Yell began a company-wide quality improvement programme in the mid-1980s with the aim of improving customer satisfaction by reducing errors, improving levels of service and delivering greater value for money. This has led to Yell winning the European Quality Award on 2 occasions, the only company in Europe to have achieved this. These are the approaches used by Yell for them to establish the improvement they want for the operation. “Yell sets the scope and direction for its system of management through its vision and business purpose. It also defines the way this will be achieved through strong and clear values. Together, these provide the frame work for all their activities. Yell brings this alive for people, through a structured approach that focuses on both the process and the people:

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Alignment of goals and objectives through a systematic planning process Integration of policies and processes through a key process framework; Enablement of activity through effective leadership, involvement and

communication”

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The company put their focus on the said areas in these statements. They set a range that will meet the objectives of the company. They decide to focus more on improving the weak zones of the firm rather than remodelling new trends to deal in the market.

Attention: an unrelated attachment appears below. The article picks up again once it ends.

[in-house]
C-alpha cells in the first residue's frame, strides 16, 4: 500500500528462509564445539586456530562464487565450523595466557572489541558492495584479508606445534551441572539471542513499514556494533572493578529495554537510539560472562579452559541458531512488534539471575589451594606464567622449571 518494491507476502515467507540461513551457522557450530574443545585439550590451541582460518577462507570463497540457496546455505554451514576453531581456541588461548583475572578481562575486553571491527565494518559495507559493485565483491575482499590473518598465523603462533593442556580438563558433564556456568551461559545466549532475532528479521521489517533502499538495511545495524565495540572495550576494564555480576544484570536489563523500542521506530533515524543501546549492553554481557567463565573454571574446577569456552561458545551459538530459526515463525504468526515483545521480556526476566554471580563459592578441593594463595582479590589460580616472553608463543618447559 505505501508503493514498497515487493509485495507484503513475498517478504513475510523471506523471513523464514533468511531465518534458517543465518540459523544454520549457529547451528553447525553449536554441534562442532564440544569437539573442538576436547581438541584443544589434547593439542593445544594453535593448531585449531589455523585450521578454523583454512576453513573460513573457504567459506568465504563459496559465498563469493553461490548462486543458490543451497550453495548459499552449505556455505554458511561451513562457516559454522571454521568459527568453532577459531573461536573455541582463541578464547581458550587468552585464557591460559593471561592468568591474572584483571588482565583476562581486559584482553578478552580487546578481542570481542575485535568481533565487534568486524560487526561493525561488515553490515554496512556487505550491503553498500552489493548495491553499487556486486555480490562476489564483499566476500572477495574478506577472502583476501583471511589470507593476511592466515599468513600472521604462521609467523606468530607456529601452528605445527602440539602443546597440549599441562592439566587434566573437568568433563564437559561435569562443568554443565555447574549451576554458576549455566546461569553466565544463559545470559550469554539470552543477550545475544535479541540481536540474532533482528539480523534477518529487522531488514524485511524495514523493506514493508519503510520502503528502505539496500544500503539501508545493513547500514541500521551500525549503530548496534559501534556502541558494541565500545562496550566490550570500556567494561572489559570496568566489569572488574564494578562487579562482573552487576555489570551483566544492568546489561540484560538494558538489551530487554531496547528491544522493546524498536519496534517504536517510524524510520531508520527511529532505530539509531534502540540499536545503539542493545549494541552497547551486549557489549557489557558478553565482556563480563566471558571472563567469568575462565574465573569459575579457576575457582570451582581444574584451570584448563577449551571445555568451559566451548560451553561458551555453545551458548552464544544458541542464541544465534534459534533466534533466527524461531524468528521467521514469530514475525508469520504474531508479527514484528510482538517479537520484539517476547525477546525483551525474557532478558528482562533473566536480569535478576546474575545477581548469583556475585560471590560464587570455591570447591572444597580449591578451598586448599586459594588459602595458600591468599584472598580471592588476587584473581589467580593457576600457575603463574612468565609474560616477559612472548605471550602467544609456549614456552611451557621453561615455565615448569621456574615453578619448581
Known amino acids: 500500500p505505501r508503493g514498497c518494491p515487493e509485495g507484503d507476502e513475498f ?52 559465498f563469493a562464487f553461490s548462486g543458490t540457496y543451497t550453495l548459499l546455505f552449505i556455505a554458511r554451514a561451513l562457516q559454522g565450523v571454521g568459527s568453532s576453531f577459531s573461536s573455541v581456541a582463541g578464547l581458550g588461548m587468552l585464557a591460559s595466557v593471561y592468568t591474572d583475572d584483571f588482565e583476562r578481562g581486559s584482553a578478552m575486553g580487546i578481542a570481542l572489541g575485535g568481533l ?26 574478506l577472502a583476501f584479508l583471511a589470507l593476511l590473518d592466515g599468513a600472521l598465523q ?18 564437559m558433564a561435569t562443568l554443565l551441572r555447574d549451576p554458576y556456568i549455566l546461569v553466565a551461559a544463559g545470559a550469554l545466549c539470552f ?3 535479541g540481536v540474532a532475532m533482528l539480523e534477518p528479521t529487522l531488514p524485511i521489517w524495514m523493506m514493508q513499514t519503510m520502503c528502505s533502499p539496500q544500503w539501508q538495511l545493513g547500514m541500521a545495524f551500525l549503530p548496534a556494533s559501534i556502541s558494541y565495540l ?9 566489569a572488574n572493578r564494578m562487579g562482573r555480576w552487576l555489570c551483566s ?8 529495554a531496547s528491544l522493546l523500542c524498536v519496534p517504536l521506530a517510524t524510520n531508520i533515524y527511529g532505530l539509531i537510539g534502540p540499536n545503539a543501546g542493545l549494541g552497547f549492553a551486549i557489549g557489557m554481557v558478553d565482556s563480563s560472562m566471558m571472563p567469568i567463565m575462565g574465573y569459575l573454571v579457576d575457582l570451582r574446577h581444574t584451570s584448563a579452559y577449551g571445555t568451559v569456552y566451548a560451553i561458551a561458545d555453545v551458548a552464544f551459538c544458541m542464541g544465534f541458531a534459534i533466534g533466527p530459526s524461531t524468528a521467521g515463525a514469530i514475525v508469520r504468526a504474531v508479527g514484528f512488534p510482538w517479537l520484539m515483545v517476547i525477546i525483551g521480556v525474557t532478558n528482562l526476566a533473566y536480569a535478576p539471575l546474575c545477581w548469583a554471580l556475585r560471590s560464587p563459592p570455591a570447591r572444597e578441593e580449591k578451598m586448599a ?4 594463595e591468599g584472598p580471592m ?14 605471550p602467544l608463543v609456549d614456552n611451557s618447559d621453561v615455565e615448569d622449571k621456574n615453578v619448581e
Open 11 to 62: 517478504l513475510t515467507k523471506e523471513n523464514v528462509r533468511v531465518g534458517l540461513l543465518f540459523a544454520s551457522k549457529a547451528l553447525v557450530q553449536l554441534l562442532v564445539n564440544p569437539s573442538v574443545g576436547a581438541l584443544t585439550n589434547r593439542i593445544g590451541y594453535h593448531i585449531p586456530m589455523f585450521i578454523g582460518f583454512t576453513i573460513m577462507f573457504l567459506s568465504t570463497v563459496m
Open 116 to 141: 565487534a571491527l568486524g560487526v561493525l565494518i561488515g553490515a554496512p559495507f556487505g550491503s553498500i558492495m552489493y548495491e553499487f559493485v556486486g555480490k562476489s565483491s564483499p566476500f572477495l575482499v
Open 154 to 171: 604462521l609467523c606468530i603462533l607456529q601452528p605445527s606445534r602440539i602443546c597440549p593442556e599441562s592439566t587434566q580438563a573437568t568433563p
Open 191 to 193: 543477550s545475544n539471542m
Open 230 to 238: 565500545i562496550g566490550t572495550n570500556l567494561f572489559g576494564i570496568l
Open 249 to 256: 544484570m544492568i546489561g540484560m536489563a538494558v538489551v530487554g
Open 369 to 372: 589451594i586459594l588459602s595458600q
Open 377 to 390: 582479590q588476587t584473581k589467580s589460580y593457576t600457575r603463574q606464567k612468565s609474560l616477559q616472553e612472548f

“In 1996 the Investors in People Standard was chosen by the senior team as a means of reviewing and further improving links between the desired quality culture and the leadership and people management practices. They also saw an opportunity to more closely align people management and development with business strategy and ensure that training and development activities clearly supported business, team and individual objectives.” Based on the research, Investors in People Standard was the chosen approach. In Chapter 5, further explanation about this technique is explained and why the management chose this over the other methods.

“One of the challenges the company has faced was the proliferation of Areas for Improvement (AFIs).”

In the corporate world, improvement is important to compete as well as to change for betterment. However, in these changes it could affect the operation of the business. It could help for improvement, other times it could degrade. Proliferation means to increase or spread at a rapid rate. Given the scopes for improvement, they encountered a problem that could lead to great changes in the operation. In this case, it was said that the company does not want to engage to new trends but rather for improvement only.

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“The company has also been very careful not to establish a “flavour of the month”. The focus of the approach was placed upon improvement and not introducing „another‟ initiative”.

Engaging to new trends open the company for a lot of changes. The company does not like to be currently but temporarily popular. They want to make these changes for better service to their valuable customers and also to attract new customers. Their goal is to lead these changes for a longer effect and not for a short term period only.

CHAPTER VI

Alternative Course of action

These are the following approaches to be used:

1. EFQM Excellence Model